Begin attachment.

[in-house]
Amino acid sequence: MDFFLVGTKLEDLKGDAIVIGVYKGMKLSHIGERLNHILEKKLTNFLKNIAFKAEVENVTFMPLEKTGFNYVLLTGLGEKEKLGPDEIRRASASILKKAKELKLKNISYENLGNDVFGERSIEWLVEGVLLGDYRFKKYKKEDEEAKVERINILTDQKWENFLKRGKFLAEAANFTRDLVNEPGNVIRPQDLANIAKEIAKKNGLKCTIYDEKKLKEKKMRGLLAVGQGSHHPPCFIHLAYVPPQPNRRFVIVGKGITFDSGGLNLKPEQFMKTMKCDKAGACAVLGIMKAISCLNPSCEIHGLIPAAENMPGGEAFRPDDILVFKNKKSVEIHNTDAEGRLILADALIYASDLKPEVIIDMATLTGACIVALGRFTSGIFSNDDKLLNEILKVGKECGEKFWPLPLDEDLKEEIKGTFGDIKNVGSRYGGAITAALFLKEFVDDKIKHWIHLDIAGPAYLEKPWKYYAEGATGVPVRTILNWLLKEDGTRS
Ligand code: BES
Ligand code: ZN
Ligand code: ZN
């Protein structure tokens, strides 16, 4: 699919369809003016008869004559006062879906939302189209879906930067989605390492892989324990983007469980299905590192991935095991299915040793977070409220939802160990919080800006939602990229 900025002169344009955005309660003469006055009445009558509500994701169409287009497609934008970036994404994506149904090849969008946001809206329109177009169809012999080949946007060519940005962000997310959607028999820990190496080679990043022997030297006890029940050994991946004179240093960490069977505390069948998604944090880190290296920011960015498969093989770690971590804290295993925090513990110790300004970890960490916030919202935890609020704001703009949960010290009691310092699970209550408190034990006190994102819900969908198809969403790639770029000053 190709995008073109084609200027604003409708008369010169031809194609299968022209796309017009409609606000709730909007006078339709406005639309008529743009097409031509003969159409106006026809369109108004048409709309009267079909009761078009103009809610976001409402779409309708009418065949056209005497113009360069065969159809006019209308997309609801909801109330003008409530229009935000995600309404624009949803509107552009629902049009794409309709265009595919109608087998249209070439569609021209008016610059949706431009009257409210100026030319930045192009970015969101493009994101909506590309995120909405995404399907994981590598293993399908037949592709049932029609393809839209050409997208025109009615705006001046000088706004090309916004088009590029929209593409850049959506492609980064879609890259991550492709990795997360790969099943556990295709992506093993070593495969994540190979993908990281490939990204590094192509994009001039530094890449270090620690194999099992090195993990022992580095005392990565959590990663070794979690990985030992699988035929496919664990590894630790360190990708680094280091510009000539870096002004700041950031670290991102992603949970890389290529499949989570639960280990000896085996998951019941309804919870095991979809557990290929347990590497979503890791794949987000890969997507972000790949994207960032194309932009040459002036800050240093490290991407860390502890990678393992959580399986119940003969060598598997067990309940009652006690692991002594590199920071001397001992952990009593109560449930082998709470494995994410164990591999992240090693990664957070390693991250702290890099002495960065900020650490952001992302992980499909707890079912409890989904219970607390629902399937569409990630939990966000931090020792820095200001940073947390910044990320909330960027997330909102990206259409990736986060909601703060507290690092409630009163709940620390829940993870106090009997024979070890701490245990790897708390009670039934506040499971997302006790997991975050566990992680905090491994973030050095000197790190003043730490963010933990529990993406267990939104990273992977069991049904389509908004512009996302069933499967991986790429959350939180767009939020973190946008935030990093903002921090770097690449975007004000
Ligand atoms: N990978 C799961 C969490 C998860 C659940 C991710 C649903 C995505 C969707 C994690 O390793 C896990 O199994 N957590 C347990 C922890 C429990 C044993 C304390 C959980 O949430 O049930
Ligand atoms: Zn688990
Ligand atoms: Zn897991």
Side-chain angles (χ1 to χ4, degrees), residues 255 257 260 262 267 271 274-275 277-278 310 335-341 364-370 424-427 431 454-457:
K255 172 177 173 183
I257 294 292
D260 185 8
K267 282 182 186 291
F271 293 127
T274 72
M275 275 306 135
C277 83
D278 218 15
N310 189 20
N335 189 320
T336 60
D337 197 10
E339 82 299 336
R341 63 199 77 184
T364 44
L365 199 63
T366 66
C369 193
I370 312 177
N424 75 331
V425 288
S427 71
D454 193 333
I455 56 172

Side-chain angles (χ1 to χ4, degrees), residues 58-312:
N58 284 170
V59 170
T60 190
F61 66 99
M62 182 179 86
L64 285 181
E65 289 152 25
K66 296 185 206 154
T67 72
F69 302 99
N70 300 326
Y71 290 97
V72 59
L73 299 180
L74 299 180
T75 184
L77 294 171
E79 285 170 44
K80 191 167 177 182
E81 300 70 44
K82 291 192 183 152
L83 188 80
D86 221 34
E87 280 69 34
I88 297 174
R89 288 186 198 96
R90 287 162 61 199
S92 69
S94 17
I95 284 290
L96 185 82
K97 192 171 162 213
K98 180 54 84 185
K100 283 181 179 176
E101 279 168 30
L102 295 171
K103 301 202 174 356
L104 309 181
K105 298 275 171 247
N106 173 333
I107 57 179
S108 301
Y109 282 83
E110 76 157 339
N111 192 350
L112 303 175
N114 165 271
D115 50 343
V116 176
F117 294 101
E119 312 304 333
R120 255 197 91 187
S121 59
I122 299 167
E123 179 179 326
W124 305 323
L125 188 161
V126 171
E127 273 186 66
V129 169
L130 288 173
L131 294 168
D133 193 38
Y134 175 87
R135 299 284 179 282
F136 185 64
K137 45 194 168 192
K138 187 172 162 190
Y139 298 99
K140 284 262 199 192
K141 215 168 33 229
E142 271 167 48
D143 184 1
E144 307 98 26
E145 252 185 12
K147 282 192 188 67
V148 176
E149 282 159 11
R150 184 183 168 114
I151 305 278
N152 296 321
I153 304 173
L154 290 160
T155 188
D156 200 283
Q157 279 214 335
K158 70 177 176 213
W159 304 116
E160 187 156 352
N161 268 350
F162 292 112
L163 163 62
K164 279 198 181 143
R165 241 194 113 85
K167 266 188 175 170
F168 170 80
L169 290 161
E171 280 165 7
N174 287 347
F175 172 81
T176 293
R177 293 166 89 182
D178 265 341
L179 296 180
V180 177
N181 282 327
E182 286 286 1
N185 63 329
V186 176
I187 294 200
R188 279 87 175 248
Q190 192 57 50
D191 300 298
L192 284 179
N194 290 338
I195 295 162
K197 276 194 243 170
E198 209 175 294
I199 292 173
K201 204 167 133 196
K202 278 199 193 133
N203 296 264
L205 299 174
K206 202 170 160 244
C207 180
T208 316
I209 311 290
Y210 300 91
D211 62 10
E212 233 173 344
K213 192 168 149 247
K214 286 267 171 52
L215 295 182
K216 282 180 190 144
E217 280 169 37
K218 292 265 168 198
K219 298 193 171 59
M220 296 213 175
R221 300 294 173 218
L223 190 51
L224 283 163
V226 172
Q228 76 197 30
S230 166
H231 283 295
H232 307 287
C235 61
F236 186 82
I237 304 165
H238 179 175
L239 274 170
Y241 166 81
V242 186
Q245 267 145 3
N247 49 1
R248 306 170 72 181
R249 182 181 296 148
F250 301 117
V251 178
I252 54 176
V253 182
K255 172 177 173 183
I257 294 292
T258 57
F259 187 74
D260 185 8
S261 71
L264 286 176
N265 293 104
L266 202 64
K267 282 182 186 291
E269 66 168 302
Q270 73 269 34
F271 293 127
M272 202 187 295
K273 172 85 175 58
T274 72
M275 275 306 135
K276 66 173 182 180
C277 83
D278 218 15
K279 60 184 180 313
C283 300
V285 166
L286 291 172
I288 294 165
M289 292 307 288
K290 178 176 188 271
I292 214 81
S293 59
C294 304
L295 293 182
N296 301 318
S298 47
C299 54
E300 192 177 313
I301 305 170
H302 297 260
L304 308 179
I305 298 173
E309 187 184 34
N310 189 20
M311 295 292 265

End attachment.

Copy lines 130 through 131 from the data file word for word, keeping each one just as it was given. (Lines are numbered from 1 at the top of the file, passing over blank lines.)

R165 241 194 113 85
K167 266 188 175 170